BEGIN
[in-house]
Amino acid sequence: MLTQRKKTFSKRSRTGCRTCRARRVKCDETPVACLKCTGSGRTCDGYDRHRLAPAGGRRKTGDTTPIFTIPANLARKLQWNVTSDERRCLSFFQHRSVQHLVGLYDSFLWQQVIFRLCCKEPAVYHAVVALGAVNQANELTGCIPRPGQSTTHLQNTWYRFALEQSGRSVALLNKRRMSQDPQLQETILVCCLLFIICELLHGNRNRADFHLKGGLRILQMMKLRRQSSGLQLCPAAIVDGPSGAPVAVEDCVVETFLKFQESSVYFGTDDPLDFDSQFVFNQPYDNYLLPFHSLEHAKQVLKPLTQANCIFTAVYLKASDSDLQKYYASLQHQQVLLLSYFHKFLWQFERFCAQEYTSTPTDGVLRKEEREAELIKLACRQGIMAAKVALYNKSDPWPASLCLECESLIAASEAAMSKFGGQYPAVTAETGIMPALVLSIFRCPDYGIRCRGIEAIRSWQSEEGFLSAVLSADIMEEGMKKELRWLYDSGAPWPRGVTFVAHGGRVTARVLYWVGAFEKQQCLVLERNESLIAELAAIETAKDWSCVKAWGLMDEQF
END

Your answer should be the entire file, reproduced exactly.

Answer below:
[in-house]
Amino acid sequence: MLTQRKKTFSKRSRTGCRTCRARRVKCDETPVACLKCTGSGRTCDGYDRHRLAPAGGRRKTGDTTPIFTIPANLARKLQWNVTSDERRCLSFFQHRSVQHLVGLYDSFLWQQVIFRLCCKEPAVYHAVVALGAVNQANELTGCIPRPGQSTTHLQNTWYRFALEQSGRSVALLNKRRMSQDPQLQETILVCCLLFIICELLHGNRNRADFHLKGGLRILQMMKLRRQSSGLQLCPAAIVDGPSGAPVAVEDCVVETFLKFQESSVYFGTDDPLDFDSQFVFNQPYDNYLLPFHSLEHAKQVLKPLTQANCIFTAVYLKASDSDLQKYYASLQHQQVLLLSYFHKFLWQFERFCAQEYTSTPTDGVLRKEEREAELIKLACRQGIMAAKVALYNKSDPWPASLCLECESLIAASEAAMSKFGGQYPAVTAETGIMPALVLSIFRCPDYGIRCRGIEAIRSWQSEEGFLSAVLSADIMEEGMKKELRWLYDSGAPWPRGVTFVAHGGRVTARVLYWVGAFEKQQCLVLERNESLIAELAAIETAKDWSCVKAWGLMDEQF